Making Authentic Art

Art making requires a willingness to put ourselves in front of people. Whether the art leads to a stage, a dinner table full of guests or a gallery in downtown New York, making art is a social enterprise. So, if we are to make honest, authentic art, we must develop a healthy relationship with those who engage our work. This, at times, requires taking an unpopular stance and exploring ideas and methods not considered by those around us. Historically, artists who have been willing to make this leap have most always led the way in breakthrough and innovation but not without facing criticism, opposition and outright rejection along the way. 

At the end of WWII when abstract expressionists broke away from the predominant forms of realism and began painting shapes and swaths of meandering colors, critics refused even to acknowledge their works as art, saying "these were the scribblings of children." 

Abstract artist, Wassily Kandinsky had his paintings spat upon they were so revolting to his initial viewers. Expressionist painter, Barnett Newman was told he was no more than a house painter and continued to face criticism throughout his career. Today, however, Kandinsky's works are on display at the Guggenheim while Newman is viewed as one of the most innovative artists of his time. This type of story is atypical. In fact, it's the norm. 

As a rule, people prefer the familiar above the strange. Understanding new ideas requires more of us, emotionally, mentally and spiritually. The commonplace is less taxing than uncertainty and feels safer. We don't have to think as much as when we are in uncharted territory. Its the difference between driving through a new city as opposed to the neighborhood we grew up in. The familiar requires less of us but the strange offers new experiences. 

Traditionally, people want something trustworthy and reliable, something their peers will give an approving nod to. But when it comes to art-making, this need for approval can clash with the artist's proclivity to venture into the unknown and to question long-held beliefs concerning life and truth. Those pioneers of art movements throughout history, not only in visual art but music, poetry and the like, are those who continued in their work despite the most severe critique from their peers. Many of them, including Kandinsky, Newman, Van Gogh, Picasso, Monet, Handel, Bach, and an entire canon of others, went on to be heralded as geniuses in generations to come. Its almost archetypal. What the mainstream rejects, flourishes in the underground and what we see flourishing in the underground today is likely to be the seed of what will be popular ten years or more down the road.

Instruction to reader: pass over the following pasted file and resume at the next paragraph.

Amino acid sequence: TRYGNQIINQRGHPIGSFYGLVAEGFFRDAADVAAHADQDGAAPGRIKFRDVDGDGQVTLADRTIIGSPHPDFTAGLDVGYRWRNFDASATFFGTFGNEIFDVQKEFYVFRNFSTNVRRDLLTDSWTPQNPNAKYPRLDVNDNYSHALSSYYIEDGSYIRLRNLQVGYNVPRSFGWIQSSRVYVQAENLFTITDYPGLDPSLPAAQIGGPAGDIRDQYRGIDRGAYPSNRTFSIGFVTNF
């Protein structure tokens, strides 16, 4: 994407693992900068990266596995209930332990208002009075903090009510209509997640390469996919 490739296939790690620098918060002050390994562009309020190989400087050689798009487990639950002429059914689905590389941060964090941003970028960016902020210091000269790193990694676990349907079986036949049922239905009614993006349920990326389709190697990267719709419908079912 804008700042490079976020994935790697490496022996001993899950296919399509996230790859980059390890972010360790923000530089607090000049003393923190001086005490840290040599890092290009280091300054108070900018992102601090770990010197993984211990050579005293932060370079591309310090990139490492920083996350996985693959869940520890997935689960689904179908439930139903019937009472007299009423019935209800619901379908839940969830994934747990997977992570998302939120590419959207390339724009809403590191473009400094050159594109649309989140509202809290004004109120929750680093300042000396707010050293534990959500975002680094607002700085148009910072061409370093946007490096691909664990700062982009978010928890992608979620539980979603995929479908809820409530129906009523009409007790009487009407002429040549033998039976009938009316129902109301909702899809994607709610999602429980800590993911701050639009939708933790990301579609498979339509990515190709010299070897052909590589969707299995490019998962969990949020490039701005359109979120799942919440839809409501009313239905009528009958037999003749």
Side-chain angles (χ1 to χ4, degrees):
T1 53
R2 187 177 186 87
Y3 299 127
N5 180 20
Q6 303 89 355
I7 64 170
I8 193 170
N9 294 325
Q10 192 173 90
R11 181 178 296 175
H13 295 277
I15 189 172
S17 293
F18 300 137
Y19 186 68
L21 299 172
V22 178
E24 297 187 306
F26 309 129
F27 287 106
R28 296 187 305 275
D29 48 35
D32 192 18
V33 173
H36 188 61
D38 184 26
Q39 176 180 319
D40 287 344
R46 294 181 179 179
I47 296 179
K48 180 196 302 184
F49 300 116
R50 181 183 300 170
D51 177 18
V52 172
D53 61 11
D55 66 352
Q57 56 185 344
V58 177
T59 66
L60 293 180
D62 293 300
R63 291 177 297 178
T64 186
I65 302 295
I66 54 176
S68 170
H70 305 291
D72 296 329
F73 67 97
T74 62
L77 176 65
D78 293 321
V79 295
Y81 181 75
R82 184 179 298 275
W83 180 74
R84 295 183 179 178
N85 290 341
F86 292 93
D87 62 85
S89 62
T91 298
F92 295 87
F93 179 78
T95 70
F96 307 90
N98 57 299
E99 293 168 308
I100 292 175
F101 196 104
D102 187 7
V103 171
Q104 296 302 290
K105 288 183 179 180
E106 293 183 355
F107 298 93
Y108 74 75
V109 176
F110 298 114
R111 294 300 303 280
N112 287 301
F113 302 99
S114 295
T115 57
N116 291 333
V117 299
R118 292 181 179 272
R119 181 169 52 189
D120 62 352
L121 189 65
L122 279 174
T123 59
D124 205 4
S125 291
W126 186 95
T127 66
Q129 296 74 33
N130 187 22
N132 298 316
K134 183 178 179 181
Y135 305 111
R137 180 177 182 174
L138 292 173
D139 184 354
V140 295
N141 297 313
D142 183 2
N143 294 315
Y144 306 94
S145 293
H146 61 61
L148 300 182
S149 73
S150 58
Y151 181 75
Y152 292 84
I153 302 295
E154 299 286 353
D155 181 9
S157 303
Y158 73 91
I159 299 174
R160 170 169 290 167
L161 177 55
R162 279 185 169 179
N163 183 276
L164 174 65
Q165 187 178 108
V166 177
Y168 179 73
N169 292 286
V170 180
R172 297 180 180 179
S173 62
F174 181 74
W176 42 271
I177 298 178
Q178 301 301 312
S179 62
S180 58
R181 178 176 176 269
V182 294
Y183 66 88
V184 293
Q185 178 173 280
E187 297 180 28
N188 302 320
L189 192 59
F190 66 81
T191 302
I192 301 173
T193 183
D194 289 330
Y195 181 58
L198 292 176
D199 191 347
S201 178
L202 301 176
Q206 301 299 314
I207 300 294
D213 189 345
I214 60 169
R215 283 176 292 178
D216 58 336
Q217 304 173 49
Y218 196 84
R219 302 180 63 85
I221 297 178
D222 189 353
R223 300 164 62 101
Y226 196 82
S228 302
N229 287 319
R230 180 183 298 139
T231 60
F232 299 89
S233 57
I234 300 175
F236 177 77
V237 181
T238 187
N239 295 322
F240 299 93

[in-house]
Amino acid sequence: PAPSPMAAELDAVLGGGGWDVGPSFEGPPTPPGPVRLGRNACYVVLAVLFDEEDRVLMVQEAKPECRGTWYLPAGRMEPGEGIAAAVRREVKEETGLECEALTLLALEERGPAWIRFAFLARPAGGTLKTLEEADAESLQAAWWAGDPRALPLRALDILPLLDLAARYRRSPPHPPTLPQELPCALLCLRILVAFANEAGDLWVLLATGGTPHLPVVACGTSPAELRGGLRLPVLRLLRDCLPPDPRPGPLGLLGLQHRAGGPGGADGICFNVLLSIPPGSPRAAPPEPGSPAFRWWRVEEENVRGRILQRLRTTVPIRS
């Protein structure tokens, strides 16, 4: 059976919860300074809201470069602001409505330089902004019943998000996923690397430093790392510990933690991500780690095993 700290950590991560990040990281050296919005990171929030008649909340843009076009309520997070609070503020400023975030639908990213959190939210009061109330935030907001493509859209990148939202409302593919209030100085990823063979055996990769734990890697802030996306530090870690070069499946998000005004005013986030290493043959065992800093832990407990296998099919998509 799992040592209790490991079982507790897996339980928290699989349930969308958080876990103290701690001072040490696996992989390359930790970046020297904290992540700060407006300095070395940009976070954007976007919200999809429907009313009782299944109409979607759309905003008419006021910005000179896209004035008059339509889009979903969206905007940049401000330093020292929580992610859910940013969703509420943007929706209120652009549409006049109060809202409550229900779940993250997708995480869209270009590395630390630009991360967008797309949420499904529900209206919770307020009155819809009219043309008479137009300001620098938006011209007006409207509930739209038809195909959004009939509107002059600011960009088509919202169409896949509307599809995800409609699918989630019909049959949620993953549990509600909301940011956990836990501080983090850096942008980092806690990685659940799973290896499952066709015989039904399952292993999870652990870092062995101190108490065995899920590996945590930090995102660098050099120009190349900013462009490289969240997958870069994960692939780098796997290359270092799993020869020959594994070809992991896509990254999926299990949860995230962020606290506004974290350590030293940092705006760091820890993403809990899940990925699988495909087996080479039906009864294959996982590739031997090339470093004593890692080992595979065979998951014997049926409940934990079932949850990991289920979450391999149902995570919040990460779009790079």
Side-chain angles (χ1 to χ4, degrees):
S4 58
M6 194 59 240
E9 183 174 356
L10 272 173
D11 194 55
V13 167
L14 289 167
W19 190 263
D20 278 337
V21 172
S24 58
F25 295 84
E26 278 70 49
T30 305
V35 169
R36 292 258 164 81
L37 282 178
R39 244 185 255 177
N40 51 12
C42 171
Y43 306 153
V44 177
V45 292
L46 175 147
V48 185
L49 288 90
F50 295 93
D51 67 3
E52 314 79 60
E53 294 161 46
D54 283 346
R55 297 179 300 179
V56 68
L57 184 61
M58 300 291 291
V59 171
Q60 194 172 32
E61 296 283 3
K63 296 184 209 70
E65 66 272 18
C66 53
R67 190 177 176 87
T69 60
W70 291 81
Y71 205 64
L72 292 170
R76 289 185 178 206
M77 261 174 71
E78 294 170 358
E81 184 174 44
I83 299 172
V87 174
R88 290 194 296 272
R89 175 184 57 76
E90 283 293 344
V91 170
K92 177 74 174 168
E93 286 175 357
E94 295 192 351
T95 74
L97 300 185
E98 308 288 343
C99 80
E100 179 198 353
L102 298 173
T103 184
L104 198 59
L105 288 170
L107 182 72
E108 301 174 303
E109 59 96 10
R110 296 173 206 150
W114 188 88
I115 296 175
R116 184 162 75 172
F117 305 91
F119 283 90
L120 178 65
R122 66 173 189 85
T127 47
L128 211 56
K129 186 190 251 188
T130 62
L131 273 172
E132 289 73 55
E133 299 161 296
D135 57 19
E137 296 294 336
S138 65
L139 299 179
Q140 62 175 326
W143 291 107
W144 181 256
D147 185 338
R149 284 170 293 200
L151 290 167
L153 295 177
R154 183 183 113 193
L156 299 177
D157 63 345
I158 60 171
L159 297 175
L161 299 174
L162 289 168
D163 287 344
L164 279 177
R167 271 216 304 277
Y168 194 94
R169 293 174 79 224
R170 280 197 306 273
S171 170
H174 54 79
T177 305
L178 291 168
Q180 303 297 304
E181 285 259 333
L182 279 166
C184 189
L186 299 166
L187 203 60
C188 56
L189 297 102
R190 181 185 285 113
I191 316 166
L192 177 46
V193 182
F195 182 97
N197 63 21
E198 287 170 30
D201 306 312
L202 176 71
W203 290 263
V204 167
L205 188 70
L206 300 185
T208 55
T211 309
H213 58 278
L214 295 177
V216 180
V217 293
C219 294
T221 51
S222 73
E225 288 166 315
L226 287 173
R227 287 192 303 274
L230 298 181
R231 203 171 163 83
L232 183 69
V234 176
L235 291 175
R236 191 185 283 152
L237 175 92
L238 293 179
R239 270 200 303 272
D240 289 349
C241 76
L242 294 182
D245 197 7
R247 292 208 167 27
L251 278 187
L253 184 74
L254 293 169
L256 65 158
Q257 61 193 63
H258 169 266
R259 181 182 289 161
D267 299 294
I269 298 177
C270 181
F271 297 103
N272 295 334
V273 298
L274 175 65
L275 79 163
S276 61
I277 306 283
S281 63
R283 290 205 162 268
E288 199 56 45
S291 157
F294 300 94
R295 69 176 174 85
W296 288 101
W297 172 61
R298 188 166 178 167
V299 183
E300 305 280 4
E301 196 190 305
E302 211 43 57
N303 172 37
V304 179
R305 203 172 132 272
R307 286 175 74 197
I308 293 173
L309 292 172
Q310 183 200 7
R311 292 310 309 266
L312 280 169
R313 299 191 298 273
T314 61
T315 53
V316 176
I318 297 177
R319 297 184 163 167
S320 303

Given this tension between the artist's radical vision and the conventionality of the general public, there is a particular tenacity every honest artist must carry. There is a hurdle we each have to face at some point or other in our journey of creative expression. Anyone who sets out to create authentic works of art must be willing to accept standing apart from the crowd as a normal part of the process. 

Early in my own experience, I recall having the sense, God was asking me, "Stephen, are you willing to be misunderstood to go where I am sending you?" In my zeal, I answered in my most Isaiah the prophet-like voice, "Yes, Lord. I will go." But walking out that conviction has been a bit less romantic. 

Most of my closest friends at the time were aspiring worship leaders. They wrote songs for Sunday services and gatherings of like-minded believers. I loved to write worship songs and sing with the congregations as well, but no matter how much I tried to fit my songs into the mold, my songwriting naturally led back to esoteric, metaphorical poetry, odd-metered rhythms and minor chord progressions that didn't elicit the same emotional response as your typical praise song. My music yearned for expression within a broader demographic while maintaining the same heart of worship. 

I played a batch of my "Sunday" songs to one of my music producer friends and he gently exhorted me, "These songs are great, but they sound like Stephen doing what he thinks the church expects him to do." His words cut me to the core but also enabled me to make the album I always wanted to make without fears of rejection or failure haunting me. 

Making the art we really want to make requires a willingness to go past the accepted, the popular and the familiar but the reward of authenticity is much greater than shallow strokes of approval.

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